Social media secrets revealed at Charity Digital Insights’ debut event » Charity Digital News

Social media secrets revealed at Charity Digital Insights’ debut event

On Tuesday 29th September Charity Digital News hosted the first in our brand new series of Charity Digital Insights events, designed to help charities discover how they can use digital technologies to engage with supporters, donors and the wider world.

The inaugural event, focusing on social media best practice for charities, saw 100 professionals from across the third sector gather to hear case study presentations from Cancer Research UK, Rethink and Beating Bowel Cancer, a keynote presentation from charity communications expert, Zoe Amar, followed by a lively networking session, drinks and pizza.


How does Cancer Research UK use social media?

Charlotte Beaty-Pownall, senior social media manager at Cancer Research UK, spoke about how Cancer Research UK uses social media to engage with donors, connect with the public, raise awareness and share stories about real people.

We really like to create a dialogue with our supporters,” she said.

The charity also uses social channels to talk about its research, inspire action and create a buzz. But how is social media used to raise money?

Last year, Cancer Research UK’s campaign #nomakeupselfie managed to raise £8m in just one week. Pownall pointed out that, with most viral campaigns such as this, they are “started by someone else”.

Beaty-Pownall advised that, when it comes to social media, it’s important to “be ready to hop on opportunities”, as you never know when a viral social media campaign will take off.

Other social media campaigns carried out by Cancer Research UK include: World Cancer Day (#wewillunite), My mum and me (which was for mother’s day) and the #HeresTo hashtag.

Attempting to ask the million dollar question – can charities raise money via social media? – Beaty-Pownall said yes, “but it might not always be a main focus”.

She added that it’s important to consider how social media can tie in with a wider campaign that a charity is working on.

Her top tips include:

  • Don’t put all of your eggs in one basket. (For example, avoid relying purely on social to drive texts to donate)
  • Think about what your supporter is getting back
  • Don’t lose sight of your social objectives
  • Say thank you to your donors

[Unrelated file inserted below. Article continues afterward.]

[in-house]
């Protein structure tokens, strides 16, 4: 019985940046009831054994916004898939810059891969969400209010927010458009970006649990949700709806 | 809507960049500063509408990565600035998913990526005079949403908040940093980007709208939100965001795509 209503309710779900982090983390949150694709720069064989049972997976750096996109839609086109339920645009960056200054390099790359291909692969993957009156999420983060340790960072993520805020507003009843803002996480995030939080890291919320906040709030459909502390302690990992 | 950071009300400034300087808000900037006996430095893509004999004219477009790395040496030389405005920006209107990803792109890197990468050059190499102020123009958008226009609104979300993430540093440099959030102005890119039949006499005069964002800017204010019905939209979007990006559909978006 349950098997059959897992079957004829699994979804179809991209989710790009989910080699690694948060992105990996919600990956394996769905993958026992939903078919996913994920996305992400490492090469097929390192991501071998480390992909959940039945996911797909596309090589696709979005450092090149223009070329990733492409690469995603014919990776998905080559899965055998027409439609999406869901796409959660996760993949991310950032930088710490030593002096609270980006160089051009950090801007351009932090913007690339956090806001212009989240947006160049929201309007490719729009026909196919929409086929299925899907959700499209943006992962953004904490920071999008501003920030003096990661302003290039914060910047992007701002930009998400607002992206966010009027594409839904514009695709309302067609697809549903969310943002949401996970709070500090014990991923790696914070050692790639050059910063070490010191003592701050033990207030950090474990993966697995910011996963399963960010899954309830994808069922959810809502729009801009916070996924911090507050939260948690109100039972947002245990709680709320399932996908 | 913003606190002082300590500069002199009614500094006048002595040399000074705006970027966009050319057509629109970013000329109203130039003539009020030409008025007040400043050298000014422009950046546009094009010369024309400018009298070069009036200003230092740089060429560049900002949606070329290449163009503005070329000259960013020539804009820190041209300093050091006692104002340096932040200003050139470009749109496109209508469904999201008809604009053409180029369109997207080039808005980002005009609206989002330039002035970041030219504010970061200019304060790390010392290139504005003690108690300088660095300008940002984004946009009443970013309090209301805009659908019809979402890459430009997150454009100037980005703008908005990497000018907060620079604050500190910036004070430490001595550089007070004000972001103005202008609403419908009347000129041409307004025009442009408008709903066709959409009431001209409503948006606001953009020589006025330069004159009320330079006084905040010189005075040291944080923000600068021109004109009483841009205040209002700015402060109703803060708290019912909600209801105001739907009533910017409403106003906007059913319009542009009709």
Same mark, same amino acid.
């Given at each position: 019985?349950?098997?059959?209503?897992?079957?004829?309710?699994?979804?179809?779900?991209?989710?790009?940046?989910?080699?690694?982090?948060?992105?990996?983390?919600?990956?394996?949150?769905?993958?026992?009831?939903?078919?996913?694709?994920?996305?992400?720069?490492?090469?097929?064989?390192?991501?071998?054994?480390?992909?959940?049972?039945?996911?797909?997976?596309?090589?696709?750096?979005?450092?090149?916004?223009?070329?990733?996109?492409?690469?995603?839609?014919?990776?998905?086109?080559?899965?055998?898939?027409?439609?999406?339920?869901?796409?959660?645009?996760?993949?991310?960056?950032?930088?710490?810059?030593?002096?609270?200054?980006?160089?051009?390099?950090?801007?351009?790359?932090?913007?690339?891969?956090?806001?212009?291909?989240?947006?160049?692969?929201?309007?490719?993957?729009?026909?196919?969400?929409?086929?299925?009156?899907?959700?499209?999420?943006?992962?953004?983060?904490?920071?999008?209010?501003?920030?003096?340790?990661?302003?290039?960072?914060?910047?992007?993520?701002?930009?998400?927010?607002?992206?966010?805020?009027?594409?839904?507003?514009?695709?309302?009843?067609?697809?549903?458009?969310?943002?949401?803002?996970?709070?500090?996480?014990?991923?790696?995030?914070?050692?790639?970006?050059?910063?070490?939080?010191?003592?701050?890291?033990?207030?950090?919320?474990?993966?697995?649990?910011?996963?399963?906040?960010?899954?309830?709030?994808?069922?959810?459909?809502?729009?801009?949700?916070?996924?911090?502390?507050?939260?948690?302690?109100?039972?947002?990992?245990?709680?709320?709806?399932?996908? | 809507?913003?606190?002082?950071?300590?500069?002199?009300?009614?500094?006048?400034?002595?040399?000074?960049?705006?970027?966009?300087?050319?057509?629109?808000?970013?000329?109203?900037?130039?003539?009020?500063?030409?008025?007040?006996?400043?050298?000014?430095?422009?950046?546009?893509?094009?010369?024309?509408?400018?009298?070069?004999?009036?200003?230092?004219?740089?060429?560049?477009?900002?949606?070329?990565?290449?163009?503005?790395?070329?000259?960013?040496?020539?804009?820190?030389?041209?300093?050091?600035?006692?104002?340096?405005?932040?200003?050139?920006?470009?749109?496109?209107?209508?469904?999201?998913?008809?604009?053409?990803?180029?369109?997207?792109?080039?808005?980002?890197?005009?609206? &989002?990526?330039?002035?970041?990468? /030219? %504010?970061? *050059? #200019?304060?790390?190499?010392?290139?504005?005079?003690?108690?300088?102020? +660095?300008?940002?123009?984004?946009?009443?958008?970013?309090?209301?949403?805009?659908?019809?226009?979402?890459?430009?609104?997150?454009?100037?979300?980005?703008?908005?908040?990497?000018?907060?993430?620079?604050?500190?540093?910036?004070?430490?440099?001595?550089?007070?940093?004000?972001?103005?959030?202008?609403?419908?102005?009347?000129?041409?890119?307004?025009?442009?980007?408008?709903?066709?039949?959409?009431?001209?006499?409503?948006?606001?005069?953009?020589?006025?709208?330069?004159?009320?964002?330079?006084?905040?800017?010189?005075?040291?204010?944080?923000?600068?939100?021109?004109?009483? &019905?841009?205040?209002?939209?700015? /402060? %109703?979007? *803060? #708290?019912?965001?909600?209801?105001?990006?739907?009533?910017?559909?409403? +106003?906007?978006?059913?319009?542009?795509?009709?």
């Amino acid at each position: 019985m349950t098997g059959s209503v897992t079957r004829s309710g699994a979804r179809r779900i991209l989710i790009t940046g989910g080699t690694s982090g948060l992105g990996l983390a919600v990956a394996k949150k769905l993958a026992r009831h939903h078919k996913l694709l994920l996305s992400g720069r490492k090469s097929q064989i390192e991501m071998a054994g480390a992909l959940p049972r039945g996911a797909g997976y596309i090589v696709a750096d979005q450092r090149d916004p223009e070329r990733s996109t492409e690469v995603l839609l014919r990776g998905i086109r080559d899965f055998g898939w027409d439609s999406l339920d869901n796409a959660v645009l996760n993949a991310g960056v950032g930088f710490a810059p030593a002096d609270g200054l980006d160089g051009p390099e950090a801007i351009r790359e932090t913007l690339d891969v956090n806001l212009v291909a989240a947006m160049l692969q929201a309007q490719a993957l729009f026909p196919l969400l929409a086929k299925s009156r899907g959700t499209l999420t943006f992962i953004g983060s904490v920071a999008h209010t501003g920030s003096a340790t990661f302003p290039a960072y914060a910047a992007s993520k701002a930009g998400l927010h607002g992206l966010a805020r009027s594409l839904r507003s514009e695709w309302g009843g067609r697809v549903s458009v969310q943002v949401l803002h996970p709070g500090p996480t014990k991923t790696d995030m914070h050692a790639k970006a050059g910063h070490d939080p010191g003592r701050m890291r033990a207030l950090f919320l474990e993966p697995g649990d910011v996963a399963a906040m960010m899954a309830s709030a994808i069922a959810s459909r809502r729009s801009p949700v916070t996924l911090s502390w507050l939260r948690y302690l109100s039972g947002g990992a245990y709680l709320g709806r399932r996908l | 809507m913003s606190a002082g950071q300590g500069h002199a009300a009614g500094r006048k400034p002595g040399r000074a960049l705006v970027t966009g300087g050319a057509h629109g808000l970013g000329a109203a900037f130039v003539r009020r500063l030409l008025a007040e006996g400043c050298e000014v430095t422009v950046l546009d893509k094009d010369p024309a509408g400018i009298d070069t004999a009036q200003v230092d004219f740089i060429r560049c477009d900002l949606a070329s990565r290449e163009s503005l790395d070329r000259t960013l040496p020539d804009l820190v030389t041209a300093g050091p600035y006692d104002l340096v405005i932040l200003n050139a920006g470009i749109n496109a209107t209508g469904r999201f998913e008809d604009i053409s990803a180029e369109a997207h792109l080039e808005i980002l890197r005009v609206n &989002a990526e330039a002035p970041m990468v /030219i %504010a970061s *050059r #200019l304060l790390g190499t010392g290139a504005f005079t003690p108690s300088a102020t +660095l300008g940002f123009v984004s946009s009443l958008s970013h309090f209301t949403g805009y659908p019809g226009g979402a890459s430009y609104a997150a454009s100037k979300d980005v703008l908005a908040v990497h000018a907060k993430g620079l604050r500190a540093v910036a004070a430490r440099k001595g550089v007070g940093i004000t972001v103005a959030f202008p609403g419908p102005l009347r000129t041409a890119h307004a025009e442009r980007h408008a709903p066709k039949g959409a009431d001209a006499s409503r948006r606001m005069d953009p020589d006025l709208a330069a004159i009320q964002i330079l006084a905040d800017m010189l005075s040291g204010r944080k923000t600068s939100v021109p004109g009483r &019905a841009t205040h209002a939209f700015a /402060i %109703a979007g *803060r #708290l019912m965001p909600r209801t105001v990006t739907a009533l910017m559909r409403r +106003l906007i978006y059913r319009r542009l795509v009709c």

• Think about your content journey


When a campaign snowballs

For his presentation, Nigel Campbell, associate director of communications at Rethink, spoke about his charity’s social media campaign #findmike, which went viral last year.

Campbell took his listeners on a quick journey of the campaign, which started when a man named Jonny Benjamin asked the charity to tell his story.

In 2008, at the start of his treatment for schizoaffective disorder, Benjamin was about to take his own life on Waterloo Bridge when a stranger stopped him and talked him out of it. The man managed to convince Benjamin to change his outlook; however he never managed to get his name. Benjamin wanted Rethink to help him find the person who had saved his life.

On the 14th January 2014, the Find Mike campaign began. According to Campbell, the key to the campaign was to keep it simple. They created the hashtag #findmike and timed the campaign on the sixth anniversary of the incident.

Rethink created a YouTube video recording the search for the man who had helped Benjamin. The campaign was backed by celebrities such as Stephen Fry on twitter and the search was primarily hosted via social media.

Just a few weeks later, the charity received a message on Facebook from the man they were looking for, Neil Laybourn. The hashtag was changed to #foundmike and the reunion was captured on YouTube.


Every channel is different  

The event’s third case study, Marko Batarilo, is the digital delivery manager at Beating Bowel Cancer.

He started his talk by delving into the charity’s most successful campaign: Decembeard.

According to Batarilo, this campaign – which started in 2011 but really took off last year – works better on certain social media channels according to the content being produced. For example, case studies work really well on Facebook, whereas other material – such as the funny, short video ‘What’s in the beard?’ – are more successful on Instagram.

When it comes to social media, Batarilo’s top tips include

  • Be flexible
  • Use humour (but only where appropriate)
  • Engage
  • Experiment
  • Be bold
  • Don’t try to please everyone or be on every platform
  • Don’t ever give up
  • Don’t be an egg (this refers to the image that appears when your organisation’s twitter account does not have a picture)
  • Adapt and be human


How to create a great charity social media campaign

The evening’s expert speaker was Zoe Amar, the founder and director of Zoe Amar Communications.

Within her talk, Amar spoke about the key things that charities need to remember when dealing with social media. These include:

  • Any charity can do a good social media campaign by following some simple rules. For example, it’s important to know your audience and use the right tone of voice.
  • Every social media campaign starts with a good story. In response to the question “how do you fundraise successfully on social media?” Amar said: “I am a great believer in hitting people between the eyes with a strong image that tells a story.”
  • Brands need to make the shift from broadcast to conversation. According to Amar, “digital is ripping up the brand rule book”. Today, it’s not about being digital by default, but about being “conversation by default” and interacting and engaging with donors as much as possible.


Want to join us next time?

Watch out for full details of our next Charity Digital Insights event, coming very soon!

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A headshot photograph of Jo Barnett, Executive Director of Virgin Money Giving.